What Can a Death Benefit be Used for?

What Can a Death Benefit be Used for?

A death benefit is usually the #1 reason why people purchase their life insurance policy to begin with. Sure, cash value life insurance has its cash value savings feature–something incredibly important to us here at Aspen Life Settlements–but when it comes to life insurance, the most important part of it to most people is the death benefit.

Which makes sense. After all, the death benefit is what will take care of their beneficiaries when they pass away. They might be irreplaceable–but the financial care they provide to those they love doesn’t have to be.


What is a Death Benefit?


Let’s start by reviewing what a death benefit is. For a more in-depth explanation, check out our recent blog post. For the purposes of this post, we’ll keep things a little more simple.

Think of your own life insurance policy. Every year, you pay some amount of money (called a “premium” to your insurer in order to keep your policy active. It works kind of like your electric bill. As long as you pay the bill, you have power. As long as you pay your life insurance premiums, you have the promise of a death benefit.

There are two main different types of life insurance out there. One of them we’ve already mentioned, “cash value insurance,” offers a savings feature, and generally provides coverage throughout your entire life. The other kind is called “term life insurance,” and lasts for–you guessed it–a term, or a specific amount of time. (Usually something like 20-30 years.) If you outlive the term, you no longer pay premiums, but you also don’t get a death benefit, and your coverage ends.

Assuming that someone either has a whole life insurance policy, or else passes away within the term of their term policy, their death benefit would be divided among everyone listed by the policy holder as a beneficiary.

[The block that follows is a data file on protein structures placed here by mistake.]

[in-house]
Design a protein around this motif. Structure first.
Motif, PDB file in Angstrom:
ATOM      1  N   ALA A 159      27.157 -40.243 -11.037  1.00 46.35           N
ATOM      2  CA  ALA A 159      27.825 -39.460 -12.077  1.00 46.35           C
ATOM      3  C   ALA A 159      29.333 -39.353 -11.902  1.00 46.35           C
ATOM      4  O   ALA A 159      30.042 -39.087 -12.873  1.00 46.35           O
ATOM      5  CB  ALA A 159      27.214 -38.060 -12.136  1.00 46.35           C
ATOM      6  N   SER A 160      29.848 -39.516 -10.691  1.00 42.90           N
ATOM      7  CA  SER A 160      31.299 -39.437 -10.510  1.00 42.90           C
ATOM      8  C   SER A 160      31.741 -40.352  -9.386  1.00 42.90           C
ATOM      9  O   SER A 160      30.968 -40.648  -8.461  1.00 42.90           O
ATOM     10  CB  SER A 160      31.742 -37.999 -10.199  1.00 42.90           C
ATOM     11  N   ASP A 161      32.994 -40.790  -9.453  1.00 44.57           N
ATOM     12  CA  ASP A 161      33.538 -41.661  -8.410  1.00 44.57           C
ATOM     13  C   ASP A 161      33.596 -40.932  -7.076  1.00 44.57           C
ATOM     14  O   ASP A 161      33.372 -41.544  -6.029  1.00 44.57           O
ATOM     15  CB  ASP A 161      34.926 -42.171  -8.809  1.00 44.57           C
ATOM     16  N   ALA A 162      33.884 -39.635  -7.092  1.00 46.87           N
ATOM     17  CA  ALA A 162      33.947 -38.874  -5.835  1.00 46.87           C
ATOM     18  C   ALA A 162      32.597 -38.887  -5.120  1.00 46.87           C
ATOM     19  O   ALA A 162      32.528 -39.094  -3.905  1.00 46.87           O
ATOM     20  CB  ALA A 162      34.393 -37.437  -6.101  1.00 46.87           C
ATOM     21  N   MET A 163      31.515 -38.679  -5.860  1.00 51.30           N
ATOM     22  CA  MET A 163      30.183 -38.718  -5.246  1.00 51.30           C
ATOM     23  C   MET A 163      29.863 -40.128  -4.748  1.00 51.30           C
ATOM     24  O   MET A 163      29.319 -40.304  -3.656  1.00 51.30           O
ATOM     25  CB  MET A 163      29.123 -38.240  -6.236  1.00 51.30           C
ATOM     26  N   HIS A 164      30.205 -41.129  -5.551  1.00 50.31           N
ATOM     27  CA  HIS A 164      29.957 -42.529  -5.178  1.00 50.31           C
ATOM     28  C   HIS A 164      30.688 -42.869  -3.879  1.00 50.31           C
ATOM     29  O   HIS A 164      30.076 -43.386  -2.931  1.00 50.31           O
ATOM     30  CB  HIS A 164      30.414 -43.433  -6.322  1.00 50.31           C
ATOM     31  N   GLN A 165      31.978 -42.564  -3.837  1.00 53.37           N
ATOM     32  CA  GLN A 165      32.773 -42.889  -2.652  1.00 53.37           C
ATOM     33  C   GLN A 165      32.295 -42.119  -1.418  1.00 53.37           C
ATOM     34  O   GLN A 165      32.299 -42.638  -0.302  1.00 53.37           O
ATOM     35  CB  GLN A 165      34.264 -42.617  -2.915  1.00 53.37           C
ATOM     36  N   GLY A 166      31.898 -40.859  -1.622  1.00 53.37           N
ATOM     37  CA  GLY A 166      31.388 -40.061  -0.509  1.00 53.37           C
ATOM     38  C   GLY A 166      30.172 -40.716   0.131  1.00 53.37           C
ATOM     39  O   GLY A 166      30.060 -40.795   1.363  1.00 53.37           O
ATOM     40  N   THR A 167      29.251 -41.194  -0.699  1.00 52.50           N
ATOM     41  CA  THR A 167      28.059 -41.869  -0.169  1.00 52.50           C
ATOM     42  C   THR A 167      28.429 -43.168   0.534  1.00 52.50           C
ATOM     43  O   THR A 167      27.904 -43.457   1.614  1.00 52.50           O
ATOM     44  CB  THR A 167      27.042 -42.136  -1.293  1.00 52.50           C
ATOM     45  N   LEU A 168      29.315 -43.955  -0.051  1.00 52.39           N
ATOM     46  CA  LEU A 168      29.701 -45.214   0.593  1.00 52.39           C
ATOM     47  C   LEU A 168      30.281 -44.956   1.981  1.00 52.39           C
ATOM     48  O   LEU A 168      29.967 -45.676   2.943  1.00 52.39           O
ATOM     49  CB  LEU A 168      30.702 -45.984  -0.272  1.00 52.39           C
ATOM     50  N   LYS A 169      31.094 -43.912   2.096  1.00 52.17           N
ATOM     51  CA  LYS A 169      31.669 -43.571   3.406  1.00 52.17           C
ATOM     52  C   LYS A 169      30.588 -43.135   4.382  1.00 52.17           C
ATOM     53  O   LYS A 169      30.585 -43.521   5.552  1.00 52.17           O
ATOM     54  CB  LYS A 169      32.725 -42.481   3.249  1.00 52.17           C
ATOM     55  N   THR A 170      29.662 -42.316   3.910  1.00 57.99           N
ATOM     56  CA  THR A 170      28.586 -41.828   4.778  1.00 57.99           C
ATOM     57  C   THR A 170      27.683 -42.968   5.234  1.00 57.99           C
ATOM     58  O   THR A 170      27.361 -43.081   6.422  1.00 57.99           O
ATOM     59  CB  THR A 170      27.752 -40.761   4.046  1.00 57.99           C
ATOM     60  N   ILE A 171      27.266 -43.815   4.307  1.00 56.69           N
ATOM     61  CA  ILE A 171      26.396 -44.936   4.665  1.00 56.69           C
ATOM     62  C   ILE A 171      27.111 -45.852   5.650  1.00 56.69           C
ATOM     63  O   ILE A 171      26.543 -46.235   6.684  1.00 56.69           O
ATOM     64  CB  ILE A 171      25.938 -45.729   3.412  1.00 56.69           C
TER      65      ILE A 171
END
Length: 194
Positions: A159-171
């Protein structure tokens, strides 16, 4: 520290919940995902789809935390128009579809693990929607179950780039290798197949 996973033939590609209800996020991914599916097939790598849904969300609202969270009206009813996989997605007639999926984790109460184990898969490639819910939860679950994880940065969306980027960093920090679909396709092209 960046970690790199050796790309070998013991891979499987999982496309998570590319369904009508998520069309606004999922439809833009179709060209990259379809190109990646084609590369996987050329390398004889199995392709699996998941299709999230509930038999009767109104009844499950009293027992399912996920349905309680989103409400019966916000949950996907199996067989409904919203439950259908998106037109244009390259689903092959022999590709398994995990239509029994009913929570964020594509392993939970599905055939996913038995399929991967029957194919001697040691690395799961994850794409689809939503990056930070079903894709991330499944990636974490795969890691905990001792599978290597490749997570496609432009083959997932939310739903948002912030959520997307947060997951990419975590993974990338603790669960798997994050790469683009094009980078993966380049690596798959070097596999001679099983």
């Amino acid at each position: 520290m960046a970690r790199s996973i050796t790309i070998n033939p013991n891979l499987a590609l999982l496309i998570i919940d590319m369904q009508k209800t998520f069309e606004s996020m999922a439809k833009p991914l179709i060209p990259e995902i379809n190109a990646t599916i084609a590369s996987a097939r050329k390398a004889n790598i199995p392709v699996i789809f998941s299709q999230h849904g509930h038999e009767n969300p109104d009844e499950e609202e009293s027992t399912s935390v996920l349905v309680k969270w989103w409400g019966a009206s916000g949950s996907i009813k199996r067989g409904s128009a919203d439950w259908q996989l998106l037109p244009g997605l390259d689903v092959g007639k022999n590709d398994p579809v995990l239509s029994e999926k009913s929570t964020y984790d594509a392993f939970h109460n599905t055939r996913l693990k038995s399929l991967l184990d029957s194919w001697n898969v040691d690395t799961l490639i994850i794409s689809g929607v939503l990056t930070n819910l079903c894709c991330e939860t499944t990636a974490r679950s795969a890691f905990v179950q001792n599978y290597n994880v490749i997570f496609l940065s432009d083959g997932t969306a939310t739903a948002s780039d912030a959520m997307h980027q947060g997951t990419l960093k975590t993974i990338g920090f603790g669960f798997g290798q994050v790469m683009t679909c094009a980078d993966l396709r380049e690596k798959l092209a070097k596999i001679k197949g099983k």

Who Can Receive Your Death Benefit?


The answer to this question is… pretty much anybody. Typically, it goes to your dependents–likely your spouse, children, grandchildren, etc. to help them make ends meet in your absence, particularly if you are the breadwinner. If you were working before you passed away, they might decide to invest the death benefit they receive from your policy and use the accrued interest each year to replace your income for as long as they can.

You could also arrange for your death benefit to be given to a trust, which would see to it that your beneficiaries are taken care of. This can be useful in cases where your death benefit could be taxed if it were added to the estate of your beneficiaries.

Your death benefit can also be given to a friend, or even your favorite organization, university, or charity. You can also divide your death benefit among multiple beneficiaries in order for it to go to more than one of these.


Would You Like to be Able to Sell Your Policy AND Keep Your Death Benefit?


The death benefit of your life insurance policy is something to take seriously. It can change lives–whether those of your dependents, or those blessed by a charity you give you it to.

By canceling or surrendering your policy, you give up that death benefit. By going through with a traditional life settlement, your death benefit will go to an investor instead.

At Aspen Life, we will pay you upfront for your cash value life insurance (most whole life policies and some IUL policies) so that you no longer have to pay your premiums. We invest our money in the cash value feature of the policy, and leave the death benefit in its rightful place–with you, for your beneficiaries.

To see how much your policy may be worth, contact us today!

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